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Toxic Black Mould

Toxic Black Mould

Fungi Kingdom

The Kingdom Fungi is a diverse kingdom consisting of over 1 million species and includes mushrooms, moulds, and yeasts.  Fungi obtain their nutrition from the breakdown and decay of organic matter.  They can thrive in many places such as soil, plant litter, wood, live plants, dung, animal remains, fungal remains, etc, and play a vital role in the environment as a decomposer of dead-plant matter. 

Moulds

Commonly called mildew, moulds (sometimes referred to as "black mould"), are a subset of fungi that produce fluffy or powdery growth on surfaces.  Toxic moulds can grow on cloth, carpets, leather, wood, sheetrock, insulation (and on human foods) when moist conditions exist.

Moulds are found everywhere.  The most common form of fungus on earth, and may grow at high levels indoors, in a home or building, if the right environmental conditions exist.  Factors that influence the distribution of moulds are most importantly a source of moisture, proper nutrients, temperature, and light. 

Carbon containing materials that are abundant both indoors and outdoors may provide the essential nutrients for growth.  Sources of moisture, which are usually the limiting and most important factor.  They can come from high humidity levels, condensation, and water intrusion due to a number of events such as indoor leaks and floods.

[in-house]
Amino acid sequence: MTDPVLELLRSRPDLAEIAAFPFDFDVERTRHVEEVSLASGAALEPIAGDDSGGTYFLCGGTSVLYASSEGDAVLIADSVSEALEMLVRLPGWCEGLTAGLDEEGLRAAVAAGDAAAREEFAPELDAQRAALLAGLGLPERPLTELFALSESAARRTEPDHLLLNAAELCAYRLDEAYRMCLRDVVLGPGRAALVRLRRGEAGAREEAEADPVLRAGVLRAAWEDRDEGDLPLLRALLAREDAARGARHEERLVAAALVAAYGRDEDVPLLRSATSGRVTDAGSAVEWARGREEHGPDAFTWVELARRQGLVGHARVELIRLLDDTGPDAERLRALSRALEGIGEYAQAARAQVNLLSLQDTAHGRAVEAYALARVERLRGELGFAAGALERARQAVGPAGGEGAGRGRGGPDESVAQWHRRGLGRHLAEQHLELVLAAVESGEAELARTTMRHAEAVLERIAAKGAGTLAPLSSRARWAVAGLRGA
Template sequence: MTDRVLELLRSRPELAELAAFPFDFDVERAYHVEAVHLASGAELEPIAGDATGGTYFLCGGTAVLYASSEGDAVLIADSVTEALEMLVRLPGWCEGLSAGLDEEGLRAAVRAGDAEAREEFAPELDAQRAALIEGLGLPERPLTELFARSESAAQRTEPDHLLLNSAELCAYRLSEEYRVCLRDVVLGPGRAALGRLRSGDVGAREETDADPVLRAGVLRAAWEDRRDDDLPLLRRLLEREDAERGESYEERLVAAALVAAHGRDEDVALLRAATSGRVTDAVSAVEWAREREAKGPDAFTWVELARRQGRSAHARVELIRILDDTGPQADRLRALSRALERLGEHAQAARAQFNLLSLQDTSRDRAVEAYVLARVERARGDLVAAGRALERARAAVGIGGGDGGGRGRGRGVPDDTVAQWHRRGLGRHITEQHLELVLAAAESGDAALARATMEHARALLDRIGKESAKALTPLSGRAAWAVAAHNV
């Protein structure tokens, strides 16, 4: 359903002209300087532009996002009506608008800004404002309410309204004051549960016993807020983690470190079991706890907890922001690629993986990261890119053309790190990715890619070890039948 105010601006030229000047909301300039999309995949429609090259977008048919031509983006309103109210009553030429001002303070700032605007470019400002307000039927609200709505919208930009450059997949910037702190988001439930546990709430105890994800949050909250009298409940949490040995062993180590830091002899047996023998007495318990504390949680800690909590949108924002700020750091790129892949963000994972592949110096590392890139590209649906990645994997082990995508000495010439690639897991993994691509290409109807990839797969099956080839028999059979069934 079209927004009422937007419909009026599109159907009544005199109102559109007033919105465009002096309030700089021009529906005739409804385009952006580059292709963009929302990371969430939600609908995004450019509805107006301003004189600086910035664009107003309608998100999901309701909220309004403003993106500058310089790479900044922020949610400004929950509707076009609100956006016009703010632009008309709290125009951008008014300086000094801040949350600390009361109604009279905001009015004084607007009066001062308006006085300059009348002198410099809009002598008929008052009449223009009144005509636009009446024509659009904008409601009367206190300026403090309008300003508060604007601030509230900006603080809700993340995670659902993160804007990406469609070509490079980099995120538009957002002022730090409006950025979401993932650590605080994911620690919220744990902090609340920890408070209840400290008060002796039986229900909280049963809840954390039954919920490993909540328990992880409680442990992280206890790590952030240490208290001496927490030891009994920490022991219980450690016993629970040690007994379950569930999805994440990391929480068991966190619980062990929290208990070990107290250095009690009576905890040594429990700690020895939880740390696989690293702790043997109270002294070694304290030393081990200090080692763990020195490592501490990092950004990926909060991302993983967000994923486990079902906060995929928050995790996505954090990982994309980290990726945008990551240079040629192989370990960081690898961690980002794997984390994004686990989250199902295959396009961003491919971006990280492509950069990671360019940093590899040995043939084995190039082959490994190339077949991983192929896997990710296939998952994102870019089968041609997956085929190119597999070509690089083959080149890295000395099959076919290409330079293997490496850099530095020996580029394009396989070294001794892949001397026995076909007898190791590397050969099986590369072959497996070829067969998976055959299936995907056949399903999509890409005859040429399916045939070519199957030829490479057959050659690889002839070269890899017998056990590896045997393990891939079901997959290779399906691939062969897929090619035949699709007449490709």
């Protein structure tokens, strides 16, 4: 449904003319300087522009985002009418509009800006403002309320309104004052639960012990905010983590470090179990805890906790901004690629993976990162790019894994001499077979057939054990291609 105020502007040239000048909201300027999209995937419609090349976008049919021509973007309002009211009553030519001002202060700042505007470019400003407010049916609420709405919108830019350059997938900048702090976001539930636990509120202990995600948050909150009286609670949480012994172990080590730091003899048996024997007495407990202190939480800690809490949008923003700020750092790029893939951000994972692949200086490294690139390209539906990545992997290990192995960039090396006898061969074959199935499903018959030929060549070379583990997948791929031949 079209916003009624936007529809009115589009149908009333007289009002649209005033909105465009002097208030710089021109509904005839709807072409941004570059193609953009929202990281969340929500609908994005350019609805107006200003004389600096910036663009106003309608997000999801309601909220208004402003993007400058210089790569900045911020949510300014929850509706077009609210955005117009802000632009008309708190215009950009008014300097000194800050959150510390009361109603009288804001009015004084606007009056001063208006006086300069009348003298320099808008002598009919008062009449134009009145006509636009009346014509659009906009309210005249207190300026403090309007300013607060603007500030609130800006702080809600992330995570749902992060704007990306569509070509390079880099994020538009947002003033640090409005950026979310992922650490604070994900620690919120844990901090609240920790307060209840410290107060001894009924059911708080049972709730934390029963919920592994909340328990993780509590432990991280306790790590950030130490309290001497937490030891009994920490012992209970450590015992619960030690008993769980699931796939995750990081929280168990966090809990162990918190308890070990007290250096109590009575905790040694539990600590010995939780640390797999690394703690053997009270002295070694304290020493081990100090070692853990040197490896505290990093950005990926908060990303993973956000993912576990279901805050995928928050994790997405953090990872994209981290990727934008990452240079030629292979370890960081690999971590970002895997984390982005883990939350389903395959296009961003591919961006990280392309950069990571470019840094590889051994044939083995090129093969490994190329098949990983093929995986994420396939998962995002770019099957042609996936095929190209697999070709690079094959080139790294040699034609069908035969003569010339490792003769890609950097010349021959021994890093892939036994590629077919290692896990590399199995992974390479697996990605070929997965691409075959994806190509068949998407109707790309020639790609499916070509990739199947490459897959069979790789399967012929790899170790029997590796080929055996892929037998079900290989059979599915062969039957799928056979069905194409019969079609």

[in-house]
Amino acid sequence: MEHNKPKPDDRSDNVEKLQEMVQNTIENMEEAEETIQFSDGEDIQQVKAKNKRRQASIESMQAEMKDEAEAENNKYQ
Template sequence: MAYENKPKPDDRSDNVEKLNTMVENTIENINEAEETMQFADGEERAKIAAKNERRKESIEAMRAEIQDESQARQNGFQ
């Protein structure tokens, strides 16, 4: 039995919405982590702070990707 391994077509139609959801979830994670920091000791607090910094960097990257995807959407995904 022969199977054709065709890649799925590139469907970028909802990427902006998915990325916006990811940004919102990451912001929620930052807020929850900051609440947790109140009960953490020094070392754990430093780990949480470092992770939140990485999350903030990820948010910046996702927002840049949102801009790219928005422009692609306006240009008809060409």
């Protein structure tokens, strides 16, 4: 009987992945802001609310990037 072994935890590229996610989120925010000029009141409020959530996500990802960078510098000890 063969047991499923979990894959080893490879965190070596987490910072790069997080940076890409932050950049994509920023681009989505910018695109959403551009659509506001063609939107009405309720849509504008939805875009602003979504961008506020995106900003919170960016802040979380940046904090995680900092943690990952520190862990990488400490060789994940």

Temperature and light may affect fungal growth, but are usually not a limiting factor since most fungi can grow in light and total darkness. 

Excessive exposure to moulds can lead to adverse health issues for humans.  The affects of human exposure to mould is not a new, emerging problem but has been manifested for many years. Documentation of mould growth indoors dates years.  Documentation of mould growth indoors dates back as far as the Old Testament:

Moulds can cause a variety of reactions in sensitive individuals ranging from allergic responses to neurological damage.  Moulds may proliferate in almost any indoor environment where excessive amounts of water and organic matter persist.

The key factor in limiting mould exposure indoors is to prevent its growth through moisture control, maintenance, and proper cleaning methods.

How a Mould Reproduces – It’s Life Cycle:

When the appropriate conditions for growth exist: presence of moisture, nutrients, temperature, etc, the mould begins to reproduce via it’s life cycle.

Hyphal Growth:  

Hyphae are the thread-like filamentous cells that release enzymes which degrade and absorb nutrients from a substrate (ie. organic debris, cellulose, wood, almost any carbon containing material including human skin).  Upon obtaining it’s nutrition, the hyphae will grow into a mycelium, the main body of the fungus, which is also the visible portion.

Spore Formation:  

Spores form on the ends of some hyphael cells.  The formation of spores is dependent on a variety of environmental factors including light, oxygen levels, temperature, and nutrient availability.

Spore Dispersal:  

After the spores are formed, they are released into the air and carried elsewhere to begin the process of germination and growth all over again.  Mould spores are highly resistant and durable.  They can remain dormant for years in even hot and dry environments.

Spore Germination:  

Once the spore is dispersed to a new area and when the appropriate conditions exist, moisture and nutrient availability, the spore will begin to germinate into a new hyphael cell.